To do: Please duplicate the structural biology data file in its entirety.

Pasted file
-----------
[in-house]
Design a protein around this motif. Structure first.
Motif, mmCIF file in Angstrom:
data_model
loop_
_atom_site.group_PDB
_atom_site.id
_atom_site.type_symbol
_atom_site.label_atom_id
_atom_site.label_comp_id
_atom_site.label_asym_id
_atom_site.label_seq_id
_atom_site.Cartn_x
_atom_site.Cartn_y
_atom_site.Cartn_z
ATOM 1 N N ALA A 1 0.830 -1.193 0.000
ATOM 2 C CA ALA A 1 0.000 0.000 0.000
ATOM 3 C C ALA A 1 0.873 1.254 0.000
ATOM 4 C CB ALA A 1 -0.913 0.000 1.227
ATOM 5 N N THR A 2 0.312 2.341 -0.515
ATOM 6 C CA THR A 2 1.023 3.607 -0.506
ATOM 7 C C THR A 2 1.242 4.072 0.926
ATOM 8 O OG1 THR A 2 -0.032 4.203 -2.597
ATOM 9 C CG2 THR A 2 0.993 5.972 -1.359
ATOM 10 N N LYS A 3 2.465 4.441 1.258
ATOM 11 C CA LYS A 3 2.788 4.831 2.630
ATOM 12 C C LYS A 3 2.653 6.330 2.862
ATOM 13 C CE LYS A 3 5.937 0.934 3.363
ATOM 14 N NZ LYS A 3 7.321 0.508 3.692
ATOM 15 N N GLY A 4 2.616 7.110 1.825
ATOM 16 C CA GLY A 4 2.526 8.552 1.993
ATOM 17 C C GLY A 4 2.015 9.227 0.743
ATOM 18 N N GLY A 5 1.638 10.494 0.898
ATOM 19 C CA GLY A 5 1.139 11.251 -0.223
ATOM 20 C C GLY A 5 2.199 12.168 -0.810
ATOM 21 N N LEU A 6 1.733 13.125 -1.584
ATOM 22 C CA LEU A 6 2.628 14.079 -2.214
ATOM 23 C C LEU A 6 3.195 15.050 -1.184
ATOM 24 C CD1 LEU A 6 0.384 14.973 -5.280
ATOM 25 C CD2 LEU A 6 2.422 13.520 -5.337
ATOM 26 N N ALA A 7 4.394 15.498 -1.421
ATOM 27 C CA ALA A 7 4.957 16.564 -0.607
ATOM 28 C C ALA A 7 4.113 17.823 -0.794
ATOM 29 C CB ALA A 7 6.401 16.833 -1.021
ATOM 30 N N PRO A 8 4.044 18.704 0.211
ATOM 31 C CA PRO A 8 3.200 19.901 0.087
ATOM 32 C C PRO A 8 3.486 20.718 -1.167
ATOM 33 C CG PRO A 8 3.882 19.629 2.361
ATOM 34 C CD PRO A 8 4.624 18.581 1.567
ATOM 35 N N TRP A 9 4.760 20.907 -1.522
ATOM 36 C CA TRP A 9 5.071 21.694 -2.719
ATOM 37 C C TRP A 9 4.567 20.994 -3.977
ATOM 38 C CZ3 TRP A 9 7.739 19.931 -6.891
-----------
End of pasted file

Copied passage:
[in-house]
Design a protein around this motif. Structure first.
Motif, mmCIF file in Angstrom:
data_model
loop_
_atom_site.group_PDB
_atom_site.id
_atom_site.type_symbol
_atom_site.label_atom_id
_atom_site.label_comp_id
_atom_site.label_asym_id
_atom_site.label_seq_id
_atom_site.Cartn_x
_atom_site.Cartn_y
_atom_site.Cartn_z
ATOM 1 N N ALA A 1 0.830 -1.193 0.000
ATOM 2 C CA ALA A 1 0.000 0.000 0.000
ATOM 3 C C ALA A 1 0.873 1.254 0.000
ATOM 4 C CB ALA A 1 -0.913 0.000 1.227
ATOM 5 N N THR A 2 0.312 2.341 -0.515
ATOM 6 C CA THR A 2 1.023 3.607 -0.506
ATOM 7 C C THR A 2 1.242 4.072 0.926
ATOM 8 O OG1 THR A 2 -0.032 4.203 -2.597
ATOM 9 C CG2 THR A 2 0.993 5.972 -1.359
ATOM 10 N N LYS A 3 2.465 4.441 1.258
ATOM 11 C CA LYS A 3 2.788 4.831 2.630
ATOM 12 C C LYS A 3 2.653 6.330 2.862
ATOM 13 C CE LYS A 3 5.937 0.934 3.363
ATOM 14 N NZ LYS A 3 7.321 0.508 3.692
ATOM 15 N N GLY A 4 2.616 7.110 1.825
ATOM 16 C CA GLY A 4 2.526 8.552 1.993
ATOM 17 C C GLY A 4 2.015 9.227 0.743
ATOM 18 N N GLY A 5 1.638 10.494 0.898
ATOM 19 C CA GLY A 5 1.139 11.251 -0.223
ATOM 20 C C GLY A 5 2.199 12.168 -0.810
ATOM 21 N N LEU A 6 1.733 13.125 -1.584
ATOM 22 C CA LEU A 6 2.628 14.079 -2.214
ATOM 23 C C LEU A 6 3.195 15.050 -1.184
ATOM 24 C CD1 LEU A 6 0.384 14.973 -5.280
ATOM 25 C CD2 LEU A 6 2.422 13.520 -5.337
ATOM 26 N N ALA A 7 4.394 15.498 -1.421
ATOM 27 C CA ALA A 7 4.957 16.564 -0.607
ATOM 28 C C ALA A 7 4.113 17.823 -0.794
ATOM 29 C CB ALA A 7 6.401 16.833 -1.021
ATOM 30 N N PRO A 8 4.044 18.704 0.211
ATOM 31 C CA PRO A 8 3.200 19.901 0.087
ATOM 32 C C PRO A 8 3.486 20.718 -1.167
ATOM 33 C CG PRO A 8 3.882 19.629 2.361
ATOM 34 C CD PRO A 8 4.624 18.581 1.567
ATOM 35 N N TRP A 9 4.760 20.907 -1.522
ATOM 36 C CA TRP A 9 5.071 21.694 -2.719
ATOM 37 C C TRP A 9 4.567 20.994 -3.977
ATOM 38 C CZ3 TRP A 9 7.739 19.931 -6.891